Apprenticeships have a long history, and had become very popular by the 14th Century. To become an apprentice, the parents or guardians of the minor would speak with a Guild’s Master craftsman to agree the conditions and price, which would then be recorded in an indenture. The apprentice would usually learn for 5-9 years, depending on the trade and the agreed contract.
The records give name, addresses and trades of the masters, and the names of the apprentices, along with the sum the master received for the apprenticeship. Until 1752, it was common to see the names of the apprentices’ parents on the record.
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Ayme Videau was a silversmith in the mid 18th Century, whose work can still be seen in art galleries today.
With the new collection of apprenticeship records, you can search for both apprentices and masters. For example, we can see that Ayme Videau was an apprentice Goldsmith, and later took on two apprentices himself. Interestingly, when looking at the original images, his surname has been recorded as ‘Vedeau’ rather than ‘Videau’.
You can view the full transcript of an apprenticeship record to see more details. On the right, we can see where Ayme Videau lived, his father’s name, his father’s profession, the apprenticeship fee, and when the fee was paid.
Using the Master Search on TheGenealogist, we can see some more details about Videau’s life.
I first searched using just his name, and immediately uncovered his Will and marriage record. As well as a transcribed record of the will, you can also view the original will.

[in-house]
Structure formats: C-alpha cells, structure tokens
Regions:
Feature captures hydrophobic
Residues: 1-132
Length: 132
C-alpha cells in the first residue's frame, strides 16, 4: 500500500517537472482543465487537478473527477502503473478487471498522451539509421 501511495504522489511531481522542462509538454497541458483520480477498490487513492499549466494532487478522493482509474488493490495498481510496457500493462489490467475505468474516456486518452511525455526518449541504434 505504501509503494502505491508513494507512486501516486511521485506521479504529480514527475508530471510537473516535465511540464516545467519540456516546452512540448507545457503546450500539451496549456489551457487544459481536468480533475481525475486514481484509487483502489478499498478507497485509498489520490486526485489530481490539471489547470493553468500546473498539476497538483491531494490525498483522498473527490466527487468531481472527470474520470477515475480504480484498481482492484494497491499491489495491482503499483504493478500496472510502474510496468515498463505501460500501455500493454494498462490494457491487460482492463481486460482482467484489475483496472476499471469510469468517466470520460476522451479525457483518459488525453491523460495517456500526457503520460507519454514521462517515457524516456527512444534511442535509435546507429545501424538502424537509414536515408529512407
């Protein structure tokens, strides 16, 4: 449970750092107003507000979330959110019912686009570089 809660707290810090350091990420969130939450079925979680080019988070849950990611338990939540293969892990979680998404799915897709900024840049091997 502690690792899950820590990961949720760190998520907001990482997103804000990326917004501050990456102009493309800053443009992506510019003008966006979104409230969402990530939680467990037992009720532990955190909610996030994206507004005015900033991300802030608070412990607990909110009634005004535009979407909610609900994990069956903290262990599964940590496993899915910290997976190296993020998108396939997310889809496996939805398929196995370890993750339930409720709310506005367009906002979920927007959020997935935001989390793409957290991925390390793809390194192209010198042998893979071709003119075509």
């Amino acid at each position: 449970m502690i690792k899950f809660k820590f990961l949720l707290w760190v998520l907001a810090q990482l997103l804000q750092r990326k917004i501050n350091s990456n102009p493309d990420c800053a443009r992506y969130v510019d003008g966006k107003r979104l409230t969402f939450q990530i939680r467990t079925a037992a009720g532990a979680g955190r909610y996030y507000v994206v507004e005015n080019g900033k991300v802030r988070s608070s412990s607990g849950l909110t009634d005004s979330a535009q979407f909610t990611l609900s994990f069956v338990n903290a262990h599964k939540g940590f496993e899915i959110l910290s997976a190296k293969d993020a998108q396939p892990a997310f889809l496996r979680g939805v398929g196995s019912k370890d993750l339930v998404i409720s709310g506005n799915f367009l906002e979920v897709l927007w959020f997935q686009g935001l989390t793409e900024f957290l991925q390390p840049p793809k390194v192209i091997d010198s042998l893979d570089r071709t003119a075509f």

His marriage was found in the Non-conformist records, and shows that he married Elizabeth Dexmier on 3rd May 1733.
As you can see from the original marriage record, one of the witnesses was John Derussat, who was also a silversmith. He took on his own apprentice in 1762, as shown below:
Another person of note in the Apprenticeship records is Johann Zoffany, who was a German painter.
He travelled from Frankfurt to Rome, before visiting Britain, where he enjoyed the company of the Royal Family. He was granted permanent residency in Britain in 1772, as shown in TheGenealogist’s naturalisation and denization records.
At the same time, he took on an apprentice called George Hudderford, which can be seen in the new Apprenticeship Records. His trade is shown as ‘Limner’, which is a painter of ornamental decorations.
Though Zoffany made several visits to Europe and India in his lifetime, he
remained in Britain and passed away at his home in Chiswick on 11th November
1810. His Will can be found on TheGenealogist.
Searching for Johan Zoffany using TheGenealogist’s Master Search turns up two more interesting result: one containing his detailed biography in The Dictionary of National Biography (left), and another showing his role in The Royal Academy of Arts in the Royal Calendar 1783 (right).
Apprenticeship Records are an invaluable tool for family historians, offering new avenues for research and helping you break down brick walls.